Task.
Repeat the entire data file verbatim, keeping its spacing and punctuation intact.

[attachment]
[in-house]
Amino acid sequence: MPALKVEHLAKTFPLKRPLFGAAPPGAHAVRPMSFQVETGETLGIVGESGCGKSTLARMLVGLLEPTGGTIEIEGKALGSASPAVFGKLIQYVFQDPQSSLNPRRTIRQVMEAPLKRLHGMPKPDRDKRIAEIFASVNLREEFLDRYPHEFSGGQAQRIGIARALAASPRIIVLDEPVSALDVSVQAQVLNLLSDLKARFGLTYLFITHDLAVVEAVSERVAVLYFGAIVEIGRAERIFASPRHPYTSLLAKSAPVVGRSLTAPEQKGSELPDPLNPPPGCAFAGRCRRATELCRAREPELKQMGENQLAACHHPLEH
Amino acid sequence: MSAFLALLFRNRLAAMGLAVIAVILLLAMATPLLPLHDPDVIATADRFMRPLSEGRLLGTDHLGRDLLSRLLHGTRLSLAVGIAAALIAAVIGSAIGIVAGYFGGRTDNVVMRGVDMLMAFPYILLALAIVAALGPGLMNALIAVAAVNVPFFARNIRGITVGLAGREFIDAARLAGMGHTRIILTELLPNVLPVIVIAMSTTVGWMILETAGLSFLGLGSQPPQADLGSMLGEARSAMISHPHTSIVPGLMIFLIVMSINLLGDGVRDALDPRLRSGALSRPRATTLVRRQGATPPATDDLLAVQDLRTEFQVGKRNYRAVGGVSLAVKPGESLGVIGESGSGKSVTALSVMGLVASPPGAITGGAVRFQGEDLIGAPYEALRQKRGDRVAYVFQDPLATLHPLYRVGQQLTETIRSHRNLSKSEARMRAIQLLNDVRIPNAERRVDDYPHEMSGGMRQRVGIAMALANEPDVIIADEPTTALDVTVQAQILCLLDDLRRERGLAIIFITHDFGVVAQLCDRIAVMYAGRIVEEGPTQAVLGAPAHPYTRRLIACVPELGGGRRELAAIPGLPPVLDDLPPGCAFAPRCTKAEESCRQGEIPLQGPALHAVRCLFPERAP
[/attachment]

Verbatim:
[in-house]
Amino acid sequence: MPALKVEHLAKTFPLKRPLFGAAPPGAHAVRPMSFQVETGETLGIVGESGCGKSTLARMLVGLLEPTGGTIEIEGKALGSASPAVFGKLIQYVFQDPQSSLNPRRTIRQVMEAPLKRLHGMPKPDRDKRIAEIFASVNLREEFLDRYPHEFSGGQAQRIGIARALAASPRIIVLDEPVSALDVSVQAQVLNLLSDLKARFGLTYLFITHDLAVVEAVSERVAVLYFGAIVEIGRAERIFASPRHPYTSLLAKSAPVVGRSLTAPEQKGSELPDPLNPPPGCAFAGRCRRATELCRAREPELKQMGENQLAACHHPLEH
Amino acid sequence: MSAFLALLFRNRLAAMGLAVIAVILLLAMATPLLPLHDPDVIATADRFMRPLSEGRLLGTDHLGRDLLSRLLHGTRLSLAVGIAAALIAAVIGSAIGIVAGYFGGRTDNVVMRGVDMLMAFPYILLALAIVAALGPGLMNALIAVAAVNVPFFARNIRGITVGLAGREFIDAARLAGMGHTRIILTELLPNVLPVIVIAMSTTVGWMILETAGLSFLGLGSQPPQADLGSMLGEARSAMISHPHTSIVPGLMIFLIVMSINLLGDGVRDALDPRLRSGALSRPRATTLVRRQGATPPATDDLLAVQDLRTEFQVGKRNYRAVGGVSLAVKPGESLGVIGESGSGKSVTALSVMGLVASPPGAITGGAVRFQGEDLIGAPYEALRQKRGDRVAYVFQDPLATLHPLYRVGQQLTETIRSHRNLSKSEARMRAIQLLNDVRIPNAERRVDDYPHEMSGGMRQRVGIAMALANEPDVIIADEPTTALDVTVQAQILCLLDDLRRERGLAIIFITHDFGVVAQLCDRIAVMYAGRIVEEGPTQAVLGAPAHPYTRRLIACVPELGGGRRELAAIPGLPPVLDDLPPGCAFAPRCTKAEESCRQGEIPLQGPALHAVRCLFPERAP